• As in standard Spanish, phonetic vowel nasalization occurs for vowels occurring between nasal consonants or when preceding a syllable-final nasal. However, contrary to standard Spanish (where syllable-final nasal consonants are retained), in Andalusian varieties utterance-final nasals are often deleted; e.g. bien [ˈbjẽ̞] ('good').
  • Final consonants are dropped in many instances. This does not cause the previous vowel to lower; e.g. comer [ko̞ˈme̞] ('to eat'), comercial [ko̞me̞rˈθja] or [ko̞me̞rˈsja] ('commercial'), pared [paˈɾe̞] ('wall'). This often gives rise to a situation where two different words sound exactly the same, as with the infinitive cortar ('to cut'), the imperative ¡cortad! ('cut [it]!') and the feminine past participle cortada, ('[a] cut thing'); which are all pronounced [ko̞rˈta]. The geographical extent of this consonant drop is variable, and in some cases, like final ⟨d⟩, common to most of Spain.
  • /tʃ/ is deaffricated to [ʃ] in Western Andalusia, including cities like Seville and Cádiz; e.g. escucha [ɛˈkuʃa] ('s/he listens').
  • /l/ may be pronounced as /r/ in syllable-final position, as in [ˈarma] instead of [ˈalma] for alma ('soul') or [e̞r] instead of [e̞l] for el ('the'). The opposite may also happen; i.e. /r/ becomes /l/ (e.g. sartén [salˈtẽ̞] 'frying pan').
  • /x/ is usually aspirated or pronounced [h] except in some eastern Andalusian subvarieties (i.e. Jaén, Granada, Almería provinces), where the dorsal [x] is retained. This also happens in most of Extremadura and parts of Cantabria.
  • Before [h] (Western Andalusian), /r/ can be pronounced in two ways: it may be elided, thus leaving only the [h] or it may be retained, intensifying the aspirated sound of the [h]. Thus, virgen ('virgin') becomes either [ˈbihẽ̞] or [ˈbirhẽ̞].
  • Words of Latin origin starting with ⟨h⟩ (originally ⟨f⟩) in writing (that is, that have kept the etymological ⟨h⟩ in writing) are sometimes pronounced with an initial [h] sound; e.g. Latin fartvs 'stuffed, full' → harto [ˈharto̞] (standard Spanish [ˈarto̞] 'fed up'). This also occurs in the speech of Extremadura. However, this characteristic is limited to rural areas and the flamenco culture.

Morphology and syntax

  • Subject pronouns

Many Western Andalusian speakers replace the informal second person plural vosotros with the formal ustedes (without the formal connotation, as happens in other parts of Spain). For example, the standard second person plural verb forms for ir ('to go') are vosotros vais (informal) and ustedes van (formal), but in Western Andalusian one often hears ustedes vais for the informal version.

  • Object pronouns

Although mass media have generalised the use of le as a pronoun for the substitution of direct objects, many Andalusians still use the normative lo, as in lo quiero mucho (instead of le quiero mucho). Laísmo (the substitution of indirect pronoun le with la, as in the incorrect sentence *la pegó una bofetada) does not exist. Though not correct, it is frequently heard on Radio and TV programmes.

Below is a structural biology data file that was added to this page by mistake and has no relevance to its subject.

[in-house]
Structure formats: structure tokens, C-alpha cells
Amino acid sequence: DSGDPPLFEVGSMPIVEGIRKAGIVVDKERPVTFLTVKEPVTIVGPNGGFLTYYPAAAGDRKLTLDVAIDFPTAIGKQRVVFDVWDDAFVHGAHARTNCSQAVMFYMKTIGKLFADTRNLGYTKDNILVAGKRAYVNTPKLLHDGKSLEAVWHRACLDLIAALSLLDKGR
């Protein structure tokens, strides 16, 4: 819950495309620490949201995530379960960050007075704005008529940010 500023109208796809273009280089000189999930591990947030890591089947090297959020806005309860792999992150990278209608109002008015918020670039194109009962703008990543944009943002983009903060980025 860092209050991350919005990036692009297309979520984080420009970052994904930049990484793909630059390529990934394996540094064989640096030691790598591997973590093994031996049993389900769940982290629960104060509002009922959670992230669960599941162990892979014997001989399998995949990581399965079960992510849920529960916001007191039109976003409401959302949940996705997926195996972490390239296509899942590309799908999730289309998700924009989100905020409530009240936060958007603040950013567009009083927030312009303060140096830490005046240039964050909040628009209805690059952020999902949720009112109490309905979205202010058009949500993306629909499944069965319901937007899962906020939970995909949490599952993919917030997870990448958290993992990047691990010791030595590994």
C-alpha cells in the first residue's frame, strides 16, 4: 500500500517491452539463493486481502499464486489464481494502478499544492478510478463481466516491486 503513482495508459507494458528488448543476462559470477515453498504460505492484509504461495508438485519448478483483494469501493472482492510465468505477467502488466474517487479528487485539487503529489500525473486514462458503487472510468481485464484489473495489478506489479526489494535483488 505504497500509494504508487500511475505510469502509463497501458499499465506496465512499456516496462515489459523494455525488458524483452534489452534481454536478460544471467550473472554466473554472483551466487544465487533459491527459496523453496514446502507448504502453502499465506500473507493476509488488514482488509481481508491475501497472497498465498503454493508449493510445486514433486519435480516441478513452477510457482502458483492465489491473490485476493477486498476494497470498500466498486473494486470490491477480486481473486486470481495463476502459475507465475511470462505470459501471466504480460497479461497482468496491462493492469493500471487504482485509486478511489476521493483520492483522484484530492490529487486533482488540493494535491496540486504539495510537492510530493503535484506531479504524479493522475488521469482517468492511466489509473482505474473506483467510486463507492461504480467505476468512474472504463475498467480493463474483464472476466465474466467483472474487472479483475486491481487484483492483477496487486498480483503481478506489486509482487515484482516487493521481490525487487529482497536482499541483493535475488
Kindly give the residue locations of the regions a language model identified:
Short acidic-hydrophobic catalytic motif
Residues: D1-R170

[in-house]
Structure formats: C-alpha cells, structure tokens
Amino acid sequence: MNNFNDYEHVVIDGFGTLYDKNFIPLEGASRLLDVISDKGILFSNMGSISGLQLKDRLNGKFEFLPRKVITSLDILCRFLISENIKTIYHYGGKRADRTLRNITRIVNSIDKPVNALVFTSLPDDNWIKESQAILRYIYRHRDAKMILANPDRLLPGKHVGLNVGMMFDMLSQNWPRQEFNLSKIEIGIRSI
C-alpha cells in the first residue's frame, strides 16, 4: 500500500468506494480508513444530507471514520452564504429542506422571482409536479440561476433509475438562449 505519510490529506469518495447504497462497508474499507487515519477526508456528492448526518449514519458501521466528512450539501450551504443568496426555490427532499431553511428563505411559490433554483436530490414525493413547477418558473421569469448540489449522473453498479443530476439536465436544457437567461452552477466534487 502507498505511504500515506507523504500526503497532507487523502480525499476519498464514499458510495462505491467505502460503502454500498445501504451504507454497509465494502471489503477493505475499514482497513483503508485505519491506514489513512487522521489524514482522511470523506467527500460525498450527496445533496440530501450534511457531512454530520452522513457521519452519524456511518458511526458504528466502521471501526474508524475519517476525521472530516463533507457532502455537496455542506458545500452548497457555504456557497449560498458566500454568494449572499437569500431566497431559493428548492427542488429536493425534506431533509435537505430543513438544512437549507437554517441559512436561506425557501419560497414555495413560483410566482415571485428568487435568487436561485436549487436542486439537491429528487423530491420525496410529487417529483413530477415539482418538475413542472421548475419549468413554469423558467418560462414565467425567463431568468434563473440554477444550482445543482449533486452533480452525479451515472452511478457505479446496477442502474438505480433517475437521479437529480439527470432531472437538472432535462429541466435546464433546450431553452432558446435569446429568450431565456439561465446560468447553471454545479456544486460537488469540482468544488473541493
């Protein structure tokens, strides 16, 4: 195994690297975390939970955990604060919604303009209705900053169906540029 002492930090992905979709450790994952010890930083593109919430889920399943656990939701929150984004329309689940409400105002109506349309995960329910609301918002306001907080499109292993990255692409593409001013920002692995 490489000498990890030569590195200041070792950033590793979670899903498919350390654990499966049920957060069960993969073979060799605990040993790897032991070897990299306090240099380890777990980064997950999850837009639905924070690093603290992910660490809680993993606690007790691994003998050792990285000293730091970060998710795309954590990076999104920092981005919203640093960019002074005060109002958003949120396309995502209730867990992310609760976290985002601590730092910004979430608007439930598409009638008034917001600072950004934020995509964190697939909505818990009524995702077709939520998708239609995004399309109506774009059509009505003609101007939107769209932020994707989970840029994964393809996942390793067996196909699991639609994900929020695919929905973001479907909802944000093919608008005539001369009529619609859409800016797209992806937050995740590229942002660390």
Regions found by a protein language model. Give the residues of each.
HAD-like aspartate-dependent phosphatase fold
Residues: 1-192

• Verbs

The standard form of imperative, second person plural with a reflexive pronoun (vosotros) is -aos, or -aros in informal speech, whereas in Andalusian, and other dialects, too, -se is used instead, so ¡callaos ya! / ¡callaros ya! ('shut up!') becomes ¡callarse ya! and ¡sentaos! / ¡sentaros! ('sit down!') becomes ¡sentarse!.

  • Gender

The gender of some words may not match that of Standard Spanish, e.g. la calor not el calor ('the heat'), el chinche not la chinche ('the bedbug'). La mar is also more frequently used than el mar. La mar de and tela de are lexicalised expressions to mean a lot of....


Many words of Mozarabic, Romani and Old Castilian origin occur in Andalusian which are not found in other dialects in Spain (but many of these may occur in South American and, especially, in Caribbean Spanish dialects due to the greater influence of Andalusian there). For example: chispenear instead of standard lloviznar or chispear ('to drizzle'), babucha instead of zapatilla ('slipper'), chavea or antié for anteayer ('the day before yesterday'). A few words of Andalusi Arabic origin that have become archaisms or unknown in general Spanish can be found, together with multitude of sayings: e.g. haciendo morisquetas (from the word morisco, meaning pulling faces and gesticulating, historically associated with Muslim prayers). These can be found in older texts of Andalusi. There are some doublets of Arabic-Latinate synonyms with the Arabic form being more common in Andalusian like Andalusian alcoba for standard habitación or dormitorio ('bedroom') or alhaja for standard joya ('jewel').


Some words pronounced in the Andalusian way have entered general Spanish with a specific meaning. One examples is juerga,[2] ("debauchery", or "partying") the Andalusian pronunciation of huelga[3] (originally "period without work", now "work strike"). The Flamenco lexicon incorporates many Andalusisms, for example, cantaor, tocaor, and bailaor, which are examples of the dropped "d"; in standard spelling these would be cantador, tocador, and bailador, while the same terms in more general Spanish may be cantante, músico, and bailarín. Note that, when referring to the Flamenco terms, the correct spelling drops the "d"; a Flamenco cantaor is written this way, not cantador. In other cases, the dropped "d" may be used in standard Spanish for terms closely associated with Andalusian culture. For example, pescaíto frito ("little fried fish") is a popular dish in Andalusia, and this spelling is used in many parts of Spain when referring to this dish. For general usage, the spelling would be pescadito frito.

Llanito, the vernacular of the British overseas territory of Gibraltar, mainly originates from British English and Andalusian, among others.

See also


External links


  • Lloret, Maria-Rosa (2007), "On the Nature of Vowel Harmony: Spreading with a Purpose", in Bisetto, Antonietta; Barbieri, Francesco (eds.), Proceedings of the XXXIII Incontro di Grammatica Generativa, pp. 15–35<templatestyles src="Module:Citation/CS1/styles.css"></templatestyles>

Further reading

  • Ropero Núñez, Miguel (1992): "Un aspecto de lexicología histórica marginado: los préstamos del caló" (en Cervantes Virtual)
  • Alvar, Manuel: A vueltas con el seseo y el ceceo (Alicante)
  • Guitarte, Guillermo L. (1992): "Cecear y palabras afines" (en Cervantes Virtual)